Mistah F.A.B. holds ‘Thug Therapy’ for dozens of Black men struggling with mental health
Oakland rapper and entrepreneur Mistah F.A.B. first opened up publicly about his struggle with debilitating anxiety more than two weeks ago to NBC Bay Area and the response was overwhelming.
On Wednesday, he took it to another level. He opened up again, this time, space for other Black men to share their mental health stories.
Below Oakland bar Dezi’s, named after his mother in the city he was born and raised, Stanley Cox put the word out about what he affectionately calls “Thug Therapy”, a mental health wellness check-in.
And more than 50 Black men from all walks of life showed up.
Mistah F.A.B.’s impromptu conversation on NBC Bay Area two weeks ago was the catalyst.
“I suffer from anxiety like real deep anxiety and there are times when like I feel like the world is closing in on me,” he said.
While the men poured their heart into a space held for them, with resources in the crowd like psychologists, counselors and more, Mistah F.A.B. explained how the gathering came to be.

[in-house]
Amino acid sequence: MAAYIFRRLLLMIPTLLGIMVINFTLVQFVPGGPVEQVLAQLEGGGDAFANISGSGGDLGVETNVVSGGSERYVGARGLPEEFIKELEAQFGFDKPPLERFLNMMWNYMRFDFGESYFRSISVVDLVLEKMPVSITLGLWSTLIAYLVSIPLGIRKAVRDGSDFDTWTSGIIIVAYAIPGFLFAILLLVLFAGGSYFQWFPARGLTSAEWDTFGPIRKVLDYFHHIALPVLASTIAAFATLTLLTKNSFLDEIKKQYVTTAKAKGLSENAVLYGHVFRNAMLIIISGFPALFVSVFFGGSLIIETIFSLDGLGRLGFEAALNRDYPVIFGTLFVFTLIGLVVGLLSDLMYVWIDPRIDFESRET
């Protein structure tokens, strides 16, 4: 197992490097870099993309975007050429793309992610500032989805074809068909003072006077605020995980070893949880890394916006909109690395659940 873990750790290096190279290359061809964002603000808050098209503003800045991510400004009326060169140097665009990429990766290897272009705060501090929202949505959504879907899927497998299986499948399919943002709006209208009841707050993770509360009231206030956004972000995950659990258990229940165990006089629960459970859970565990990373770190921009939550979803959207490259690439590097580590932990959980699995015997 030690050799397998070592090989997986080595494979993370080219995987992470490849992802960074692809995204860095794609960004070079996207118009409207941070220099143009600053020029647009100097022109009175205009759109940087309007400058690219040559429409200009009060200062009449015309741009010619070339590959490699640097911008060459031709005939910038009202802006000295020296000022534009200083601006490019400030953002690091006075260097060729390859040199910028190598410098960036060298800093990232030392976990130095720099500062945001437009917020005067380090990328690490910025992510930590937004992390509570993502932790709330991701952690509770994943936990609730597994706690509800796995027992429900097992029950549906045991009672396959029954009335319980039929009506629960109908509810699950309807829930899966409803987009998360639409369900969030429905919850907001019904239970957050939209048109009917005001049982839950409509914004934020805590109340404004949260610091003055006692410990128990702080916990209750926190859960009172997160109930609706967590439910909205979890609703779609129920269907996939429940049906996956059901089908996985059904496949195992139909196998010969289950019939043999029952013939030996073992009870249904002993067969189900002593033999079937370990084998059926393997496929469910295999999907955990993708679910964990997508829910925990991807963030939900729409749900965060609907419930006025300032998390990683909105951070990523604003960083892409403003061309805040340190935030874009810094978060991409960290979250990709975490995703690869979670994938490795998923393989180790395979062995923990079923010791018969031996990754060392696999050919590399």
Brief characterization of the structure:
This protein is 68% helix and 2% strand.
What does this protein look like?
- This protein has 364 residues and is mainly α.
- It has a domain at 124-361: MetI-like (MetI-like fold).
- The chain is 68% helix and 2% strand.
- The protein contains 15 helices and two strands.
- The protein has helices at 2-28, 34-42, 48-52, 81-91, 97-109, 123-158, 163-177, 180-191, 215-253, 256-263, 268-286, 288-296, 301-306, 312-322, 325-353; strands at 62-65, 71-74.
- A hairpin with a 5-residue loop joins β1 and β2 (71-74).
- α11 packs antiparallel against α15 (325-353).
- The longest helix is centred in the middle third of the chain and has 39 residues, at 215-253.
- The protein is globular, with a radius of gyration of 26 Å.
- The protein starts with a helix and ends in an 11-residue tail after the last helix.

“It was like ‘yo, I know I can’t be the only person going through it,’” he said. “Now let me be the voice for the voiceless, let me be the voice of the village.”
All there were willing to seek help.
“There’s a misnomer that Black men are the group that utilizes therapy the least,” said Dr. Bedford Palmer, a psychologist in Oakland. “[But there’s] high need. I constantly have people who I have to turn away because I don’t have enough space.”
Palmer said what is also true. The compounding complications for Black men when it comes to parsing out what’s happening with their mental health.
“So you have depression or anxiety that are biological components that go with that but then there tends to be outside forces that can make that even more difficult so you might be dealing with depression or anxiety but you’re also dealing with racism at work,” he said.
For Mistah F.A.B., it is a work in progress on all days.
“It’s an everyday battle,” he said.
But he does it for those who can’t.
“That little boy that mother never hugged him daddy put the block before him,” he said. “Nobody about them, nobody representing for them.”